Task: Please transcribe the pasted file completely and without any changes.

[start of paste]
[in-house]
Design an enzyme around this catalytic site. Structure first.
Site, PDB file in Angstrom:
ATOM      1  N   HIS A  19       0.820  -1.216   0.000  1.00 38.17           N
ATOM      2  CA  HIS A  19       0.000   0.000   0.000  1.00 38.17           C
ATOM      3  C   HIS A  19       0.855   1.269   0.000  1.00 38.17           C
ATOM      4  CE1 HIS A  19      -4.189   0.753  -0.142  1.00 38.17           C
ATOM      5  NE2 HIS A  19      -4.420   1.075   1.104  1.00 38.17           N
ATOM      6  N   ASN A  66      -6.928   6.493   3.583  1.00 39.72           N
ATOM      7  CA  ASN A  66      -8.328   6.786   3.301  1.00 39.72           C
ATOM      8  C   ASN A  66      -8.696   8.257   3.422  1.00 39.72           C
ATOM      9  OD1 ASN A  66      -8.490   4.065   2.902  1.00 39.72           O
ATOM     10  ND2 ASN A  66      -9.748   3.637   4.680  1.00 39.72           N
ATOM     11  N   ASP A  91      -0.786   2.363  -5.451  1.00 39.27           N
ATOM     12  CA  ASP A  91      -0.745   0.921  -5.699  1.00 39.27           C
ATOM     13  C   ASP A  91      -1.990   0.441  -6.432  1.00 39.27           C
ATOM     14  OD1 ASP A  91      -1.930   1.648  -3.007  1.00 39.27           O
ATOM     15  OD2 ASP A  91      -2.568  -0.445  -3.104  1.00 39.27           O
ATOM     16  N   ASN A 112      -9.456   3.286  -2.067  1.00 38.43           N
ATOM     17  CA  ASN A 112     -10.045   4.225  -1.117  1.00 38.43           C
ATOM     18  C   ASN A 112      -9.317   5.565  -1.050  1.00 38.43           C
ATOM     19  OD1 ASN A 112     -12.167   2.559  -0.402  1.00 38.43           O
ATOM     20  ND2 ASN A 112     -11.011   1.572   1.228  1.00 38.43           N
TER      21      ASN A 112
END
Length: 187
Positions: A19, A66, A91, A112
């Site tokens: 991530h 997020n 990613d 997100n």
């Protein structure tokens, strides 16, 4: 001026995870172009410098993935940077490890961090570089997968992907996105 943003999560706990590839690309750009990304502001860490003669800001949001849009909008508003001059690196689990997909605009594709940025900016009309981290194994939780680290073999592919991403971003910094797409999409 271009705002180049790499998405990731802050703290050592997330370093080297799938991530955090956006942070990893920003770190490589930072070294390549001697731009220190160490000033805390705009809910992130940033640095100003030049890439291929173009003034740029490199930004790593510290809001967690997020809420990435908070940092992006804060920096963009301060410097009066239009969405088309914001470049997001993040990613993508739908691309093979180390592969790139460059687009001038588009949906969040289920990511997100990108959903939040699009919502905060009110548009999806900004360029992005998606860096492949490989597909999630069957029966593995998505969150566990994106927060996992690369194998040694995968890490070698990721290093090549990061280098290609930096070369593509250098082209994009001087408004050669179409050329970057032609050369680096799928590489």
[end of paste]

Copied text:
[in-house]
Design an enzyme around this catalytic site. Structure first.
Site, PDB file in Angstrom:
ATOM      1  N   HIS A  19       0.820  -1.216   0.000  1.00 38.17           N
ATOM      2  CA  HIS A  19       0.000   0.000   0.000  1.00 38.17           C
ATOM      3  C   HIS A  19       0.855   1.269   0.000  1.00 38.17           C
ATOM      4  CE1 HIS A  19      -4.189   0.753  -0.142  1.00 38.17           C
ATOM      5  NE2 HIS A  19      -4.420   1.075   1.104  1.00 38.17           N
ATOM      6  N   ASN A  66      -6.928   6.493   3.583  1.00 39.72           N
ATOM      7  CA  ASN A  66      -8.328   6.786   3.301  1.00 39.72           C
ATOM      8  C   ASN A  66      -8.696   8.257   3.422  1.00 39.72           C
ATOM      9  OD1 ASN A  66      -8.490   4.065   2.902  1.00 39.72           O
ATOM     10  ND2 ASN A  66      -9.748   3.637   4.680  1.00 39.72           N
ATOM     11  N   ASP A  91      -0.786   2.363  -5.451  1.00 39.27           N
ATOM     12  CA  ASP A  91      -0.745   0.921  -5.699  1.00 39.27           C
ATOM     13  C   ASP A  91      -1.990   0.441  -6.432  1.00 39.27           C
ATOM     14  OD1 ASP A  91      -1.930   1.648  -3.007  1.00 39.27           O
ATOM     15  OD2 ASP A  91      -2.568  -0.445  -3.104  1.00 39.27           O
ATOM     16  N   ASN A 112      -9.456   3.286  -2.067  1.00 38.43           N
ATOM     17  CA  ASN A 112     -10.045   4.225  -1.117  1.00 38.43           C
ATOM     18  C   ASN A 112      -9.317   5.565  -1.050  1.00 38.43           C
ATOM     19  OD1 ASN A 112     -12.167   2.559  -0.402  1.00 38.43           O
ATOM     20  ND2 ASN A 112     -11.011   1.572   1.228  1.00 38.43           N
TER      21      ASN A 112
END
Length: 187
Positions: A19, A66, A91, A112
């Site tokens: 991530h 997020n 990613d 997100n």
């Protein structure tokens, strides 16, 4: 001026995870172009410098993935940077490890961090570089997968992907996105 943003999560706990590839690309750009990304502001860490003669800001949001849009909008508003001059690196689990997909605009594709940025900016009309981290194994939780680290073999592919991403971003910094797409999409 271009705002180049790499998405990731802050703290050592997330370093080297799938991530955090956006942070990893920003770190490589930072070294390549001697731009220190160490000033805390705009809910992130940033640095100003030049890439291929173009003034740029490199930004790593510290809001967690997020809420990435908070940092992006804060920096963009301060410097009066239009969405088309914001470049997001993040990613993508739908691309093979180390592969790139460059687009001038588009949906969040289920990511997100990108959903939040699009919502905060009110548009999806900004360029992005998606860096492949490989597909999630069957029966593995998505969150566990994106927060996992690369194998040694995968890490070698990721290093090549990061280098290609930096070369593509250098082209994009001087408004050669179409050329970057032609050369680096799928590489």